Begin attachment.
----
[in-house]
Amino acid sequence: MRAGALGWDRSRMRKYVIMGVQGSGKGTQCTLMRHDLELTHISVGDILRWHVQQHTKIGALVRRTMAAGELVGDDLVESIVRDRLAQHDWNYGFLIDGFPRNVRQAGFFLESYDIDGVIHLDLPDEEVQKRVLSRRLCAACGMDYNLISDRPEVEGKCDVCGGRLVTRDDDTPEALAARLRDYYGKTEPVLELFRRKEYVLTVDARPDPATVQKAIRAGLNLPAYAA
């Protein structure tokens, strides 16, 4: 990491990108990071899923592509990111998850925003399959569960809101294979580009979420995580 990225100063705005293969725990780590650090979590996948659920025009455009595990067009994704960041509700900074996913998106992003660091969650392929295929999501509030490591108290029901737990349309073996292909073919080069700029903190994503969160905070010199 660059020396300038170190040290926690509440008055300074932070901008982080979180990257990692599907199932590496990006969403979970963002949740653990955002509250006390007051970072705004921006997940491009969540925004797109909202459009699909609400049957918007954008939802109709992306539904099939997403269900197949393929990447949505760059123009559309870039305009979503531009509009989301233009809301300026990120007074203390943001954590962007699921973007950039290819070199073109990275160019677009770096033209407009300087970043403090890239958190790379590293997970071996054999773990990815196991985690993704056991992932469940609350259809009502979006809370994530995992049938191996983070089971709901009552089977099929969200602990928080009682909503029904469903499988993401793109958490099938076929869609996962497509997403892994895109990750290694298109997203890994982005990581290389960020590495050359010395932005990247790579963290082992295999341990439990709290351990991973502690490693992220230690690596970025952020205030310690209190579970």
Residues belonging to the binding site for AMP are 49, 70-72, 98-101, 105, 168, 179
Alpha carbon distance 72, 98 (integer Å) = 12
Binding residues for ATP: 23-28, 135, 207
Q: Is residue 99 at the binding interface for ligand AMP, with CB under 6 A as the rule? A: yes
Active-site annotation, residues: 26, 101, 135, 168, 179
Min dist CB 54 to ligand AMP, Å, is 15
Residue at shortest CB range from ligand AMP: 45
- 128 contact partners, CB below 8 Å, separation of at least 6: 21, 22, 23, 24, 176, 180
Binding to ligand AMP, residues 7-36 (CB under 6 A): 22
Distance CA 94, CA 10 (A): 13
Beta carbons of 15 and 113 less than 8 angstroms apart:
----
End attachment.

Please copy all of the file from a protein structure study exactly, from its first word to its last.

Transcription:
[in-house]
Amino acid sequence: MRAGALGWDRSRMRKYVIMGVQGSGKGTQCTLMRHDLELTHISVGDILRWHVQQHTKIGALVRRTMAAGELVGDDLVESIVRDRLAQHDWNYGFLIDGFPRNVRQAGFFLESYDIDGVIHLDLPDEEVQKRVLSRRLCAACGMDYNLISDRPEVEGKCDVCGGRLVTRDDDTPEALAARLRDYYGKTEPVLELFRRKEYVLTVDARPDPATVQKAIRAGLNLPAYAA
């Protein structure tokens, strides 16, 4: 990491990108990071899923592509990111998850925003399959569960809101294979580009979420995580 990225100063705005293969725990780590650090979590996948659920025009455009595990067009994704960041509700900074996913998106992003660091969650392929295929999501509030490591108290029901737990349309073996292909073919080069700029903190994503969160905070010199 660059020396300038170190040290926690509440008055300074932070901008982080979180990257990692599907199932590496990006969403979970963002949740653990955002509250006390007051970072705004921006997940491009969540925004797109909202459009699909609400049957918007954008939802109709992306539904099939997403269900197949393929990447949505760059123009559309870039305009979503531009509009989301233009809301300026990120007074203390943001954590962007699921973007950039290819070199073109990275160019677009770096033209407009300087970043403090890239958190790379590293997970071996054999773990990815196991985690993704056991992932469940609350259809009502979006809370994530995992049938191996983070089971709901009552089977099929969200602990928080009682909503029904469903499988993401793109958490099938076929869609996962497509997403892994895109990750290694298109997203890994982005990581290389960020590495050359010395932005990247790579963290082992295999341990439990709290351990991973502690490693992220230690690596970025952020205030310690209190579970």
Residues belonging to the binding site for AMP are 49, 70-72, 98-101, 105, 168, 179
Alpha carbon distance 72, 98 (integer Å) = 12
Binding residues for ATP: 23-28, 135, 207
Q: Is residue 99 at the binding interface for ligand AMP, with CB under 6 A as the rule? A: yes
Active-site annotation, residues: 26, 101, 135, 168, 179
Min dist CB 54 to ligand AMP, Å, is 15
Residue at shortest CB range from ligand AMP: 45
- 128 contact partners, CB below 8 Å, separation of at least 6: 21, 22, 23, 24, 176, 180
Binding to ligand AMP, residues 7-36 (CB under 6 A): 22
Distance CA 94, CA 10 (A): 13
Beta carbons of 15 and 113 less than 8 angstroms apart: